Of snakes, politicians and ladders...and why the ANC is yet to grasp democracy
Don Mattera, the veteran struggle poet/writer and raconteur par excellence, has a beautiful analogy — often told with the panache of which only he is the master — to explain or make sense of the current state of affairs.
Our leaders and those who have prospered since the dawn of democracy, he says, are like a man who goes up a ladder and then, on reaching the top, takes up the ladder with him.
Those at the bottom cannot go up, or can only do so with the permission of the man at the top. Our leaders have possession of the ladder.
Such a characterisation often comes to mind when listening to ANC leaders.
Democracy is a messy, unpredictable business. The ANC has yet to get the hang of it or understand its essence.
The leadership always wants to be in charge, to control the outcome. This partly explains our electoral system, where the party hierarchy, not the voting masses, decides who sits in our parliament, or our various city or village councils.
There's too much power given to our politicians, and it has not always been used to the benefit of the masses. They're in charge of the ladder.
But I digress. ANC honchos, having reached the summit, want to control the ascent to power, to all the good things in life.Anybody who aspires to anything suspiciously akin to power is accused of being ambitious.
And "ambition" is a dirty word in the organisation. You have to wait your turn. You have to be deployed. The leadership will decide.
And President Jacob Zuma was at it again this week in his closing remarks at the ANC's policy conference. He devoted a fair amount of time to the presidential contest — a subject the ANC had insisted all week the conference was not about.
Zuma knew that who takes over from him was all the delegates were interested in. This week's shebang was all foreplay, a preamble to the main event in December.
Zuma has two pressing projects for the duration of his term: his permanent job, which is to loot the state; and to work tirelessly for Nkosazana Dlamini-Zuma, his ex-wife, to succeed him.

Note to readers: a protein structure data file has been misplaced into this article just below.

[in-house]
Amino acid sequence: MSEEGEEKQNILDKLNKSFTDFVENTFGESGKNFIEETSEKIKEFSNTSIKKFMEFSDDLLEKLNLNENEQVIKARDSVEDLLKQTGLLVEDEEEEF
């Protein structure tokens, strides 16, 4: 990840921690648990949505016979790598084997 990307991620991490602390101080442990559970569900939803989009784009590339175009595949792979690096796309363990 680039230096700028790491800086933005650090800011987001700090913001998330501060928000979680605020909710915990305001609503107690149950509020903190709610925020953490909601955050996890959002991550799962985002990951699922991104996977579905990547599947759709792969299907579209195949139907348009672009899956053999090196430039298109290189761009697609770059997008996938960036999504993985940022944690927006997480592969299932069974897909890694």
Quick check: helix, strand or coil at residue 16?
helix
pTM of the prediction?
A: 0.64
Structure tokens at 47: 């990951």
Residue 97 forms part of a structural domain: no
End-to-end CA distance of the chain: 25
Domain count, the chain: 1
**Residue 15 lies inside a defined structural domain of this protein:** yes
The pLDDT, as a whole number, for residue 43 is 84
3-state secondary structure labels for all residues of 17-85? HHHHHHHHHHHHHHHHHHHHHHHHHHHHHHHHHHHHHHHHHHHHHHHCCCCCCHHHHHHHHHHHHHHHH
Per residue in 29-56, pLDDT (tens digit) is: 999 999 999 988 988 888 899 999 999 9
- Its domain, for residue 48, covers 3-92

True to ANC tradition, Zuma believes he is or should be in possession of the ladder and should therefore have a say in who takes over from him.
Dlamini-Zuma is his ticket to a safe and secure retirement, free from harassment or possible prosecution.
Zuma has been ceaseless in promoting his candidate, arguing that the country is ready for a woman president (as if there has been a time when it wasn't); and that it isn't ANC policy for the deputy president to step up to the presidential chair, a sharp elbow into Cyril Ramaphosa's rib cage and a shameless about-turn from the argument he passionately made when seeking to succeed Thabo Mbeki 10 years ago.
But Dlamini-Zuma has not set the house on fire since announcing her candidacy.
She's retiring, a boring and uninspiring speaker. She doesn't seem to have views of her own and has thus gratefully embraced Zuma's race-laced agenda, given to him by Bell Pottinger via the Guptas.
Nothing commends her to the job except that she's been around the block, she's served her time and therefore it must now be her turn.
The gathering this week was useful in sensing the mood of the foot soldiers who will ultimately elect the president. Zuma must have read the tea leaves.
If we go by the stupid argument over whether the economy is dominated by white monopoly capital or simply monopoly capital, Zuma seems to have lost the battle of the slogans. And there seems to have been not much appetite for expropriation of land without compensation either.